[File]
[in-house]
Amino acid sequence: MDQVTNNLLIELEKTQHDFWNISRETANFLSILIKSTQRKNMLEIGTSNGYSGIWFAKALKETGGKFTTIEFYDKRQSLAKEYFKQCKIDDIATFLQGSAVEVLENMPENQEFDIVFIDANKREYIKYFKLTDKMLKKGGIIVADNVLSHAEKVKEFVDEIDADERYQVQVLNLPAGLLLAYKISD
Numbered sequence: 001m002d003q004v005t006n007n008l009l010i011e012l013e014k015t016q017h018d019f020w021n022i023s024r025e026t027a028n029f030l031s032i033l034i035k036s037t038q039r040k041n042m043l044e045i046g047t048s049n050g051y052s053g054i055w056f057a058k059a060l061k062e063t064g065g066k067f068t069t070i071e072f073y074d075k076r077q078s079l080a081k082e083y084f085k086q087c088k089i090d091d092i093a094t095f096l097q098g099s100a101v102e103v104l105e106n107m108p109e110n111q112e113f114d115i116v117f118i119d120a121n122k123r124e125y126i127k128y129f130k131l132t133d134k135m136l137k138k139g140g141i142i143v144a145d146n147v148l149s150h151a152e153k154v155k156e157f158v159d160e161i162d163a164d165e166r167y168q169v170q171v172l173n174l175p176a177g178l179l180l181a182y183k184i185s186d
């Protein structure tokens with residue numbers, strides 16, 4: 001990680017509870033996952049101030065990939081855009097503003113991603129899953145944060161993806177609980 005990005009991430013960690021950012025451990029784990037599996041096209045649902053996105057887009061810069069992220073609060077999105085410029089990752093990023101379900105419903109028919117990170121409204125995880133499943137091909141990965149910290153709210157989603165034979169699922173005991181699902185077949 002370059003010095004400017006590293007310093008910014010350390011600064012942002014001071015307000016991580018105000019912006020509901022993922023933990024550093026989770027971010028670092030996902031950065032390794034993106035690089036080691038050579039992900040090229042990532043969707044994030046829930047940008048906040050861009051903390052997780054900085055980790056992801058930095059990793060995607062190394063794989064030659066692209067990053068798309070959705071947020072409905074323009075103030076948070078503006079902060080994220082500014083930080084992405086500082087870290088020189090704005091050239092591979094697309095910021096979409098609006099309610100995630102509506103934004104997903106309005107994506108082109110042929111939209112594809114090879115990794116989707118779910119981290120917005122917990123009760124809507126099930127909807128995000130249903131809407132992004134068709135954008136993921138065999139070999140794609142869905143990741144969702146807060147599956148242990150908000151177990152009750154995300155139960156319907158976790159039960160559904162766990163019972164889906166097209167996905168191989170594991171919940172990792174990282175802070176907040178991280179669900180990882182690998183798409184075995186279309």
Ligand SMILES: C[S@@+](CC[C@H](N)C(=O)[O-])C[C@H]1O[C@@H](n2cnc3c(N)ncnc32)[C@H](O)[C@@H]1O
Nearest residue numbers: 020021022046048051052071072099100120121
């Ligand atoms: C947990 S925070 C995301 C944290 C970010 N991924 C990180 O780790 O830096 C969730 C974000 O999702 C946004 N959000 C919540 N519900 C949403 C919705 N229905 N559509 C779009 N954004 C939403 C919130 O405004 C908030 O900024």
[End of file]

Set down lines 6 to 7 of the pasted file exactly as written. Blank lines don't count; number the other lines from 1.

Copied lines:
Nearest residue numbers: 020021022046048051052071072099100120121
């Ligand atoms: C947990 S925070 C995301 C944290 C970010 N991924 C990180 O780790 O830096 C969730 C974000 O999702 C946004 N959000 C919540 N519900 C949403 C919705 N229905 N559509 C779009 N954004 C939403 C919130 O405004 C908030 O900024």